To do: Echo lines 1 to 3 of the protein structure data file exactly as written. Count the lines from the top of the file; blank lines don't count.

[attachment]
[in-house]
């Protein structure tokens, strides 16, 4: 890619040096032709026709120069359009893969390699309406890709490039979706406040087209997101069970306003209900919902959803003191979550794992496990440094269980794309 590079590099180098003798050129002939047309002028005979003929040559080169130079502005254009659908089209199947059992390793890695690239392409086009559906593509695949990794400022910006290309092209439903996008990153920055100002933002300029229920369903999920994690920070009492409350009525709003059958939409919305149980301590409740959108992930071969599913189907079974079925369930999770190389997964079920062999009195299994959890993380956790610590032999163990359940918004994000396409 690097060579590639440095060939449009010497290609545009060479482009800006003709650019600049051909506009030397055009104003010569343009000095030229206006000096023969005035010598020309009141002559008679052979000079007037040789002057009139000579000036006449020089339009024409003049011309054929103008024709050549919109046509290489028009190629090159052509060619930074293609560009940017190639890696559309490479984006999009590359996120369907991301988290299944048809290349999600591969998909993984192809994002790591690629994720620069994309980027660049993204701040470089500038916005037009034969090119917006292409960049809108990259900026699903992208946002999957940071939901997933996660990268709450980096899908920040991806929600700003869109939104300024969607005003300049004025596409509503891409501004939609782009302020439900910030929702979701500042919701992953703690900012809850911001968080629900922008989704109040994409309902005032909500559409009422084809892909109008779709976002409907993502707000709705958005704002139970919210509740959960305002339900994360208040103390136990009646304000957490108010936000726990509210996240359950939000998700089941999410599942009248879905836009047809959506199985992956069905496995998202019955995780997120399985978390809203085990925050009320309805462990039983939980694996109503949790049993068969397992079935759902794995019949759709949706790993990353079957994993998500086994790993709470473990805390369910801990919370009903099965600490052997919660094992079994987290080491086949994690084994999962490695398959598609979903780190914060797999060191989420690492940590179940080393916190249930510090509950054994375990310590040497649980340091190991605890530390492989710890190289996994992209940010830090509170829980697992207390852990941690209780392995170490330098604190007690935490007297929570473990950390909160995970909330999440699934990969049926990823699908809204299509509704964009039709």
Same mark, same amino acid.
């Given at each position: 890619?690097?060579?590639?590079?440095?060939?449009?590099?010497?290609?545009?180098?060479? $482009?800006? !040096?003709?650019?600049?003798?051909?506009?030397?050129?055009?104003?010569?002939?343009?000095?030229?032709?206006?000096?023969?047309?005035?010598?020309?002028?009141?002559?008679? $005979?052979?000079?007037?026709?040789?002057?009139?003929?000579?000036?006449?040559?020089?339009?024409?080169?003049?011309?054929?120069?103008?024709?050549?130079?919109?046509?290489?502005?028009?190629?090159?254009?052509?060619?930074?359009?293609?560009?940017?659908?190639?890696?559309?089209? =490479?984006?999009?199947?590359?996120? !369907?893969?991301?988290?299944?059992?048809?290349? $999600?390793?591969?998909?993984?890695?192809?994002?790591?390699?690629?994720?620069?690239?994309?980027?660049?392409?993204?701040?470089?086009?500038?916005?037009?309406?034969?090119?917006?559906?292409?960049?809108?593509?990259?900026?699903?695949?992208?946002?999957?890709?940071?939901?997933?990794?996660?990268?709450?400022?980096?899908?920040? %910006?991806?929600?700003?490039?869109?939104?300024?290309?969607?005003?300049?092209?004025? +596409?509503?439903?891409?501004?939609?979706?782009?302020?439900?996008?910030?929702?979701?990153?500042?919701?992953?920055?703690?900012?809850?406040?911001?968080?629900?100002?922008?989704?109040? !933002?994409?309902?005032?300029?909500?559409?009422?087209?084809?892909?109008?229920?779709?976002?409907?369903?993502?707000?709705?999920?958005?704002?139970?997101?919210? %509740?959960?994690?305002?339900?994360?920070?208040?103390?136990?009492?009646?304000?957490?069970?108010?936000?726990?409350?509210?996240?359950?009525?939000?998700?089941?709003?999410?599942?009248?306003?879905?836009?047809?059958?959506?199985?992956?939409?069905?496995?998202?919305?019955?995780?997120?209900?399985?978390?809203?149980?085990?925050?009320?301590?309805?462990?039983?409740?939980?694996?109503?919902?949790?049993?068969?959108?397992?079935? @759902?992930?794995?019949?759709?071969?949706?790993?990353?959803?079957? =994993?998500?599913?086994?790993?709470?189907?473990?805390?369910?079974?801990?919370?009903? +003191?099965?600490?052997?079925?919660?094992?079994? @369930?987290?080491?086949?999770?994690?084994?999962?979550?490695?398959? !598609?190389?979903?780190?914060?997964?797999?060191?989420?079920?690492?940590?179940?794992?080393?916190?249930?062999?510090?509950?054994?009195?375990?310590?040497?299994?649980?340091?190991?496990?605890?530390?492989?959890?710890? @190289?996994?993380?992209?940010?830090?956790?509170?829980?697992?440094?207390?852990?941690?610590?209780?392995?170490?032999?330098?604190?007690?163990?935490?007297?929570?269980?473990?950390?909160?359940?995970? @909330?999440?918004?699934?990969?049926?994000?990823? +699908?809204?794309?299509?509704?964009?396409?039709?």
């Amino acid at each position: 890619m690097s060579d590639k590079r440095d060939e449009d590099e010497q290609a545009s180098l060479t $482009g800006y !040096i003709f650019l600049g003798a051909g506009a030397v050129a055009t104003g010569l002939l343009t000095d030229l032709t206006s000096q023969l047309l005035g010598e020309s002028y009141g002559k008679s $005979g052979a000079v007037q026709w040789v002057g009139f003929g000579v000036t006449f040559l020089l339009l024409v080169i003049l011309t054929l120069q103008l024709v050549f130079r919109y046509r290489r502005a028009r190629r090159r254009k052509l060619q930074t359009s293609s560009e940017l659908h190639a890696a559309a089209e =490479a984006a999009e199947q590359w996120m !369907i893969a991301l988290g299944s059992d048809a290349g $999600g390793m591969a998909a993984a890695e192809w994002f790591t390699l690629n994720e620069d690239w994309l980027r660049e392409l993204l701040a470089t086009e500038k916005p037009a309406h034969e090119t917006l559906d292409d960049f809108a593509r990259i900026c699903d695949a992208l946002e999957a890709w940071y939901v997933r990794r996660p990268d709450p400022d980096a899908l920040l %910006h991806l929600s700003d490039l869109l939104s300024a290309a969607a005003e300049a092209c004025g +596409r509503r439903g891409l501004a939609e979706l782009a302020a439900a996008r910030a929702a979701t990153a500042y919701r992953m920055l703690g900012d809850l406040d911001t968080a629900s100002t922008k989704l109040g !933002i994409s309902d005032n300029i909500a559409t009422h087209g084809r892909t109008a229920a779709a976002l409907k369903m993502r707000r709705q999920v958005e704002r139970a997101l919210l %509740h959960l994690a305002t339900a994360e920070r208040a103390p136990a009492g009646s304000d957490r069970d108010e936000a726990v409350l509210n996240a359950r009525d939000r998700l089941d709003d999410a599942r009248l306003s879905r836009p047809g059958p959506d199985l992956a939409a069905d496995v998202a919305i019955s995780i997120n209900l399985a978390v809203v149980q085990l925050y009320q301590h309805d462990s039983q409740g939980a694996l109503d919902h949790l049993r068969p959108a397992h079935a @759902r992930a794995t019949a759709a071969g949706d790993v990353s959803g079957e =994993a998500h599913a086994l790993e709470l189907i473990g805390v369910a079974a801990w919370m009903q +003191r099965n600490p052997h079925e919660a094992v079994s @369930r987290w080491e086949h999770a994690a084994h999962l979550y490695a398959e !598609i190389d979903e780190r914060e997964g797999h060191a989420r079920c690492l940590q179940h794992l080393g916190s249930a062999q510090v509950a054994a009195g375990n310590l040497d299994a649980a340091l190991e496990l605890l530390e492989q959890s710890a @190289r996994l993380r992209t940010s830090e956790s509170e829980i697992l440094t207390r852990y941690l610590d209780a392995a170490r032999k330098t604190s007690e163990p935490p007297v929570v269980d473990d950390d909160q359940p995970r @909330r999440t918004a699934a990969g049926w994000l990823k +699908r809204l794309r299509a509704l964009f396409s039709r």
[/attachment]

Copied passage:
[in-house]
């Protein structure tokens, strides 16, 4: 890619040096032709026709120069359009893969390699309406890709490039979706406040087209997101069970306003209900919902959803003191979550794992496990440094269980794309 590079590099180098003798050129002939047309002028005979003929040559080169130079502005254009659908089209199947059992390793890695690239392409086009559906593509695949990794400022910006290309092209439903996008990153920055100002933002300029229920369903999920994690920070009492409350009525709003059958939409919305149980301590409740959108992930071969599913189907079974079925369930999770190389997964079920062999009195299994959890993380956790610590032999163990359940918004994000396409 690097060579590639440095060939449009010497290609545009060479482009800006003709650019600049051909506009030397055009104003010569343009000095030229206006000096023969005035010598020309009141002559008679052979000079007037040789002057009139000579000036006449020089339009024409003049011309054929103008024709050549919109046509290489028009190629090159052509060619930074293609560009940017190639890696559309490479984006999009590359996120369907991301988290299944048809290349999600591969998909993984192809994002790591690629994720620069994309980027660049993204701040470089500038916005037009034969090119917006292409960049809108990259900026699903992208946002999957940071939901997933996660990268709450980096899908920040991806929600700003869109939104300024969607005003300049004025596409509503891409501004939609782009302020439900910030929702979701500042919701992953703690900012809850911001968080629900922008989704109040994409309902005032909500559409009422084809892909109008779709976002409907993502707000709705958005704002139970919210509740959960305002339900994360208040103390136990009646304000957490108010936000726990509210996240359950939000998700089941999410599942009248879905836009047809959506199985992956069905496995998202019955995780997120399985978390809203085990925050009320309805462990039983939980694996109503949790049993068969397992079935759902794995019949759709949706790993990353079957994993998500086994790993709470473990805390369910801990919370009903099965600490052997919660094992079994987290080491086949994690084994999962490695398959598609979903780190914060797999060191989420690492940590179940080393916190249930510090509950054994375990310590040497649980340091190991605890530390492989710890190289996994992209940010830090509170829980697992207390852990941690209780392995170490330098604190007690935490007297929570473990950390909160995970909330999440699934990969049926990823699908809204299509509704964009039709």
Same mark, same amino acid.